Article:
November 17, 2019
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Agreement near to seat some Ron Paul delegates at GOP convention; Maine last holdout

Robert F. Bukaty | AP
Robert F. Bukaty | AP
Republican presidential candidate Rep. Ron Paul, R-Texas, throws balloons from the stage after speaking to supporters in Portland following his loss in the Maine caucus in February 2012.

Maine Republican Party Chairman Charlie Webster said Tuesday evening that negotiators with the National Republican Committee were nearing a deal that would seat Maine’s delegates for Ron Paul at the national convention next week in Florida.

But, Mark Willis of Dennysville, a newly elected member of Maine’s national convention delegation, Ron Paul supporter and incoming national GOP committeeman for Maine, said no deal had been struck and that any arrangement that threatened the seats of Paul supporters would not be accepted.

“The Maine delegation and the Paul campaign have not signed into or agreed to any deal for our delegation,” said Willis at about 8:45 p.m. Tuesday. “Our position at this point is no deal, we’re all going to Tampa and we’ll all be seated.”

Webster said he had been on the phone with reporters and party representatives throughout the day Tuesday and that no one had given him specific details.

“All I have is rumor,” said Webster at about 6 p.m., just as negotiators were convening to discuss the Maine situation. “Maine is the only state that’s left where they haven’t made a decision. I have no sense why it’s taken so long.”

CNN reported Tuesday evening that a deal was near and corroborated Webster’s assertion that Maine was the last state under negotiation. The network reported that some Paul delegates would be seated, which would help Mitt Romney avoid embarrassment as he officially receives the GOP nomination. Agreements had been reached in Massachusetts and Louisiana, but negotiations were still under way in Maine, it said.

Paul, a Texas congressman and Republican Party candidate for president, gained the support of Maine delegates during a controversial state convention where his well-organized supporters seized control and elected their delegates to the national convention.

But leading Maine Republicans, including a national party committeewoman and the chairman of Mitt Romney’s campaign in Maine, filed a complaint with the party’s national committee asking it to disqualify the Ron Paul delegates and prohibit them from taking their seats at the national convention, scheduled for Aug. 27-30.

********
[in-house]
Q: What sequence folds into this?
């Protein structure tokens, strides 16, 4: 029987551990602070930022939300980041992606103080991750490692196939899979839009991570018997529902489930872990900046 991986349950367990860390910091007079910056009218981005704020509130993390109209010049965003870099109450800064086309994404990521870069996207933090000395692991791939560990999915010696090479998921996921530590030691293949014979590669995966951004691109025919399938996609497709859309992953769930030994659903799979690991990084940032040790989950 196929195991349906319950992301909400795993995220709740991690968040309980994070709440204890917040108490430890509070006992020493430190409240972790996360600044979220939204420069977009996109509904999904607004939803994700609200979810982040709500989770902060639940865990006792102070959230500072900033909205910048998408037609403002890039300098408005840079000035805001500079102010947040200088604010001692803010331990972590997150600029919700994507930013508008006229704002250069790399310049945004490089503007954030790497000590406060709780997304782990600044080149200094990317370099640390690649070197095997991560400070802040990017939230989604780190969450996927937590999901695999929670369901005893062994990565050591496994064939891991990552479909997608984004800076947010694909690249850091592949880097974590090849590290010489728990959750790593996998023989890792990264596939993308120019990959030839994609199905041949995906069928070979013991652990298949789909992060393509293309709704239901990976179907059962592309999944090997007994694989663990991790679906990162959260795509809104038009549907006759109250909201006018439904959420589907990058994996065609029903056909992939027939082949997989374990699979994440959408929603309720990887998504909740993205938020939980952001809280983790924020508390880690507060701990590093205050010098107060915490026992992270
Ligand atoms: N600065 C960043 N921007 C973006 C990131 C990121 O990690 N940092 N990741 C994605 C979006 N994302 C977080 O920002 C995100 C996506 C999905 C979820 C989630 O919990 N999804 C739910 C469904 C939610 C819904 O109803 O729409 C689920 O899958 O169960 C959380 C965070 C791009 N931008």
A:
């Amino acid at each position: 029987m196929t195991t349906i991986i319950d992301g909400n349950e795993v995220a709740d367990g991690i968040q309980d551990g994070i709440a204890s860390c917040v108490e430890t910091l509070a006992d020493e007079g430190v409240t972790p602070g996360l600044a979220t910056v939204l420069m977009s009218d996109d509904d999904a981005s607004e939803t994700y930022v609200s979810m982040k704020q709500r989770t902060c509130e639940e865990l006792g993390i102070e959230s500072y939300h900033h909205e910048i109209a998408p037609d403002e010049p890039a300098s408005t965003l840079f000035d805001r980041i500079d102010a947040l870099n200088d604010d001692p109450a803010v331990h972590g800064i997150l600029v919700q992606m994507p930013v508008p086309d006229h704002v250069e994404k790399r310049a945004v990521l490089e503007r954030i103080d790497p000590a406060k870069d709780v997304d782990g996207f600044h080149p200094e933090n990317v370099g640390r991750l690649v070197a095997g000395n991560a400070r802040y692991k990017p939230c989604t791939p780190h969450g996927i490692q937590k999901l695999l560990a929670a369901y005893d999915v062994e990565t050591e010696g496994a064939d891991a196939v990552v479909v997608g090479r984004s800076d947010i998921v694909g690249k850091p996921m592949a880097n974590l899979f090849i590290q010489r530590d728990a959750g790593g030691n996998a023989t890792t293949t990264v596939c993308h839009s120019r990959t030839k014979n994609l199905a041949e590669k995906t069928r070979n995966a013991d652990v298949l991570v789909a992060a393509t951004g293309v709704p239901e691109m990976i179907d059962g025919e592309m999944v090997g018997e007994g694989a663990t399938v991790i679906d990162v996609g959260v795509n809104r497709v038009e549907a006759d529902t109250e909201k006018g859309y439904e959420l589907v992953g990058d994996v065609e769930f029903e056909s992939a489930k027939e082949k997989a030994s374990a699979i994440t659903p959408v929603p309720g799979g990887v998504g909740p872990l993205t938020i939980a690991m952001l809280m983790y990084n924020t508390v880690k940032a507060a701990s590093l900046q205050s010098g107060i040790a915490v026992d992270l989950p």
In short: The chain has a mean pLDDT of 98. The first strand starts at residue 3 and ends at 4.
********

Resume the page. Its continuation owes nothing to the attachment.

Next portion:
Earlier this month, Webster offered a compromise to the Paul delegates. His deal would have let them attend next month’s convention in Tampa, Fla., but obligate them to vote for Mitt Romney if Paul doesn’t have sufficient support to be nominated for president.

The Paul supporters rejected that plan.

“It is unreasonable for the Republican Party at either the national or state level, or for any campaign for president, to attempt to pressure the Maine delegation to vote any particular way,” Brent Tweed, the head of the Paul delegation, said in a statement in early August. “We will not be intimidated into signing political deals under threat of being unseated. We are accountable to the Maine Republicans who elected us, not the Mitt Romney campaign.”

Last week, Maine delegates who back Paul sought an injunction against the Republican National Committee to stop it from investigating whether they were legitimately chosen to represent the state at the GOP convention in Tampa, Fla.

Webster said an influx of “new people” at the state convention in May overwhelmed the registration and credentialing process, which among other reasons is why Maine’s delegates are under debate. Webster said the convention attracted about 3,200 people — far more than the record of 2,300 set in 2010.

“A lot of the blame is on us in the state party,” he said. “We did a terrible job of running the convention and I’m willing to take the blame. We weren’t organized. A lot of mistakes were made.”

Webster said a traditional practice of letting state delegates register until the day of the convention “came back and bit us.”

“In retrospect that was a mistake,” said Webster.

Webster said at about 8:30 p.m. Tuesday that he hadn’t heard anything new since he talked with his contacts at around 5 p.m.

“They said it was up in the air,” said Webster. “I said ‘what are you negotiating,’ and they said ‘we’ll tell you when it’s done.’”

Willis said he didn’t know the details, either.

“If anything changes in the disposition of our delegates, it will be because the Republican National Committee inflicted it,” he said.

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